Not every bank offers a way to lock a mortgage rate for a long-enough time.
Currently, Citizens Bank, a Philadelphia-based bank, is trying to break into the New York mortgage market with some specific products.
A savvy buyer of new development
would be very excited to hear about this interest-only product that helps manage this risk.
As you may know, an interest-only mortgage product allows a buyer to take on a mortgage and pay only
the interest-portion for a period of time, usually five, seven, or ten years.
Usually, the rate remains constant for one of those periods of time, after which the rate floats up (or down) to a benchmark, and can rise only a certainly amount, once a year.
After a fixed period of time, not only the interest due, but the mortgage, begins to amortize, so the mortgage effectively would become a standard mortgage, though it may have a 15- or 20-year period to pay it off.
At that time, not only would the mortgage be at the mortgage rate of the market, but it would be an accelerated payback compared to the normal 30-year mortgage.
Like I said, this product would appeal to savvy buyers who may be thinking about any or all of these things:
- They will move before the interest-period is over
- They will refinance into a different product once they close and things become clearer about interest rates
- The buyer’s income is “lumpy,” with large bonus or distribution payments at various periods of time – at which point they will pay down the mortgage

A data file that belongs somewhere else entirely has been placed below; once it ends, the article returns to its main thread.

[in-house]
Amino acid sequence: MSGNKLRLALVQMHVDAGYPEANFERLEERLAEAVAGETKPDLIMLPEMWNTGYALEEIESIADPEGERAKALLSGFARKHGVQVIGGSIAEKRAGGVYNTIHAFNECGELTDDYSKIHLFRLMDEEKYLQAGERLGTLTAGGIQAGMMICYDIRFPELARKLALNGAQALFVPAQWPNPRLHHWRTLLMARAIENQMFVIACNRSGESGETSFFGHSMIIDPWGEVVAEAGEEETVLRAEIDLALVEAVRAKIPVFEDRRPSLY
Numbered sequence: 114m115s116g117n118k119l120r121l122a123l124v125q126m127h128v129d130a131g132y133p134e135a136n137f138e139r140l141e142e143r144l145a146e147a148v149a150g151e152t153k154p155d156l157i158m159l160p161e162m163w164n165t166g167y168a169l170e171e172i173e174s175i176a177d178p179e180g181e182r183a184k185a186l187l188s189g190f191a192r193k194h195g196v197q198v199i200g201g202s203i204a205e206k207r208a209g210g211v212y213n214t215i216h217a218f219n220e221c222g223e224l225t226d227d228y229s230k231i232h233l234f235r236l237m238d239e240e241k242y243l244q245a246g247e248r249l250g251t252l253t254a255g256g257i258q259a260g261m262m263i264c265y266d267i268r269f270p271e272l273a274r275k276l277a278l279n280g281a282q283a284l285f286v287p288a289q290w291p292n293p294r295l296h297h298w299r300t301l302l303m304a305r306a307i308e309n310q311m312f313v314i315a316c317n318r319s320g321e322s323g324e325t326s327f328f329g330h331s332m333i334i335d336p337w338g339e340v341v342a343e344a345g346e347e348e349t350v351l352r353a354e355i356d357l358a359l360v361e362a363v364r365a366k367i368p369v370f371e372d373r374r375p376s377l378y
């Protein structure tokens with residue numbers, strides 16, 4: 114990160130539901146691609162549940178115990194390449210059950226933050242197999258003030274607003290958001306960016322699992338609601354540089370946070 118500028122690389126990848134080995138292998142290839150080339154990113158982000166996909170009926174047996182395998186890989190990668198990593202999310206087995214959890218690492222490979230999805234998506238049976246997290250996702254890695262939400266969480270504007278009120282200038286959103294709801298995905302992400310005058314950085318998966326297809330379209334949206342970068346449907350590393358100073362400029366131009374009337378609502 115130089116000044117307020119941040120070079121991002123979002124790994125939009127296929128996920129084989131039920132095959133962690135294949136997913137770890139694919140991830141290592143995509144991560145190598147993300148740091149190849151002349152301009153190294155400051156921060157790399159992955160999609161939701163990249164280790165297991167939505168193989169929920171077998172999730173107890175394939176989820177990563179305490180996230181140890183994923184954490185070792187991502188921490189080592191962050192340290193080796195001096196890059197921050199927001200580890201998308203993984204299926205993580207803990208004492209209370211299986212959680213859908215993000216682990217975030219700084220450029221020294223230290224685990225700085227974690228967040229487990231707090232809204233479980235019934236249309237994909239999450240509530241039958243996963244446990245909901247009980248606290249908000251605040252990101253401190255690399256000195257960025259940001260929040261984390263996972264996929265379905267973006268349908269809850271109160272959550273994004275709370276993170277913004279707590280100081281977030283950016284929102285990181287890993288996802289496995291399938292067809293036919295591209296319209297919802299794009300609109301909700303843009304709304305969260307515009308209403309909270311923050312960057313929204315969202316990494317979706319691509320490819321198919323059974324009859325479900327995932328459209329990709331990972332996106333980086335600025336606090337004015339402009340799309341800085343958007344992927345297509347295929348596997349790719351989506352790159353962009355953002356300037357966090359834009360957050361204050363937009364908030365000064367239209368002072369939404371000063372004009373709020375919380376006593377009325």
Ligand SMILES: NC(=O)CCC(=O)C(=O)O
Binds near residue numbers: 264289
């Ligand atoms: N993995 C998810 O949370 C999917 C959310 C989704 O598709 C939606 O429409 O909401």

- The buyer wants to look at the overall investment marketplace and will decide whether he/she can make more than the interest rate in the market
- Prepayment on an interest-only mortgage brings the monthly payment down immediately, and may allow someone to control monthly cash-flow better
- The buyer may be financing
because interest rates are low, not because they can’t afford to pay cash
- Regardless of product, the buyer is putting 20-30% down on the purchase, and feels this gives the most flexibility to invest monies elsewhere for up to a decade
With this is mind, Citizens offers a way to lock in a mortgage rate for 12-18 months, by paying an up-front fee (up to 1% of the mortgage amount), refundable at the time of closing.
The mortgage rate is actually 3/4 of a percentage point or 1% higher than current rates, but as the closing date approaches, the bank offers the buyer a one-time opportunity to float the mortgage rate down to whatever the market rate is at the time.
What does this do?
It allows a buyer to know with more clarity what his/her monthly costs will be, while also allowing for a static or surprisingly low mortgage rate environment in 12 months to still help him/her lock in a lower rate.
The downside is then limited, with the potential for a lot of upside if rates really go up.
Thanks to Ami Rosen for telling me about this product his bank offers.
It’s very interesting to consider.
Rates Impacted by Global Issues?
Another excellent mortgage professional at Wells Fargo tells me that thus far the debt or market issues within Greece and China have not drastically impacted mortgage rates downward, as anticipated.
However, when the news of a potential resolution came out, the 10 year treasury yield spiked.
In the short-term, before the Fed raises any benchmarks, it does not appear that mortgage rates are getting much, if any, help from global events.
She believes that underwriting standards may be slightly less strict over the summer, as the spring market in the suburbs subsides, and refinances start to slow down – banks such as Wells seem to have the lending capacity and want to continue to fund new loans.
That’s all for this month!